This is a card I mentioned earlier as an addition to fully alter the deck. It can also be looked at as a one of. It will help add more damage to spread at the cost of an attack. This can allow you to do a possible 30 Cursed Shadow + 30 Cursed Shadow + Flame Burst = 150 damage spread. This an amazing ammount of spread damage and can really SEEL up the Eel Matchup as well as others. Pardon for my pun.
Anyway, to add this all is needed really is to take out 1 Chandelure NVI and add a Chandelure NXD and 2-3 Blend GRPD. Energy Switch isn’t as effective anymore, so you might want to drop that to a lower count.
One of ChandyBeach’s hardest things to deal with are a fully loaded Mewtwo EX. Therefore, we remember one of the new basic rules of Pokémon “The best way to counter Mewtwo EX is with Mewtwo EX.” Well, dang, I couldn’t have said it any better myself.
I would only add 1 Mewtwo EX to my deck because I run two Super Rods and honestly, you only need one. This is also because they are hard to use. You need an Energy Switch and perfect timing to effectively use it. When I tested this I took out a Vanillite but I didn’t do much testing with it.
Another great tech for this deck is Shaymin EX. For the most part, your opponent is going to be taking Prize cards by the odds, so that way Shaymin can use its max potential. If you are falling hard core to those darned SuperBouffer decks then maybe Shaymin is the right tech for you!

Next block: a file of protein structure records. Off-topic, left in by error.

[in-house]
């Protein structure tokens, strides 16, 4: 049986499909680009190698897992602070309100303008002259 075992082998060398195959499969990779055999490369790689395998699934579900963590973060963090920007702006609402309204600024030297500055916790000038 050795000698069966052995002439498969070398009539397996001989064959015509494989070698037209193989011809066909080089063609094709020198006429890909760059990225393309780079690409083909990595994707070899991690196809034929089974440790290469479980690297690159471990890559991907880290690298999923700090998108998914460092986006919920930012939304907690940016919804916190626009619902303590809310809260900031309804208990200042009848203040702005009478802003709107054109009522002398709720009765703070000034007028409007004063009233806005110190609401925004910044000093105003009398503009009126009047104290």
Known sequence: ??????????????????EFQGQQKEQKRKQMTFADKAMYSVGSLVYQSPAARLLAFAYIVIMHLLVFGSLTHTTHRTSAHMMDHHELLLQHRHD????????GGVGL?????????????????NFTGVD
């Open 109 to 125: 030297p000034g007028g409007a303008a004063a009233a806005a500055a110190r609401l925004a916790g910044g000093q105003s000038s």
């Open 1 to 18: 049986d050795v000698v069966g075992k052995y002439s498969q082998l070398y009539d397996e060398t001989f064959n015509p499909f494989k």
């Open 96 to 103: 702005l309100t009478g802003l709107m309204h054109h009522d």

To add this magical card to your deck add around 2-3 Blend GRPD to your deck. The reason I say the Blend instead of just Grass is because since this Blend counts as a Dark as well, it can let you retreat for free with Darkrai. Energy Switch is going to be a crucial card though, so keep it at a high number.
The End of My Long Walk Across the Chandy Beach
crazy-frankenstein.comAh, yes, it is that time of the article again. My walk has been used as rather an extended metaphor throughout this article but it does symbolize something. Chandelure has had it’s moment in the sun dropping it like it was hot, as well out partying with those crazy plants and birds, and now it is taking a break to eat ice cream.
Is this the best deck? Will it win every tournament? No, but you will have fun playing it. I’m actually writing this right now as I am unsleeving the deck – effectively the end of my walk. I feel I should pass this fun concept down the line… I’ve played every Chandelure deck that was in Competitive Play and I still plan to. But for now, I will put the deck down. By now I’ve already played it at more Battle Roads with success, just not as much as before.
I have 67 Championship Points; and that’s without having an invite to last year’s worlds. I have two more Battle Roads to attend and to those who have more as well, give this deck a try. No, it isn’t tier one. Maybe not even tier 1.5. But like I’ve said before, it’s fun, and having fun is what Pokémon is about at the end of the day. Until next time,
-Collin Coyle B. (Thatbulbasaurkid)
P.S. I run a YouTube channel with my friends called Pokéfriends56 (I know, creative as my Seel pun) and we should have Battle Roads matches up soon along with a whole bunch of good stuff! Be sure to check it out!
P.S.S. My dad was x-3 by lunch. Sometimes I told you so, doesn’t quite cut it. Love ya dad! :)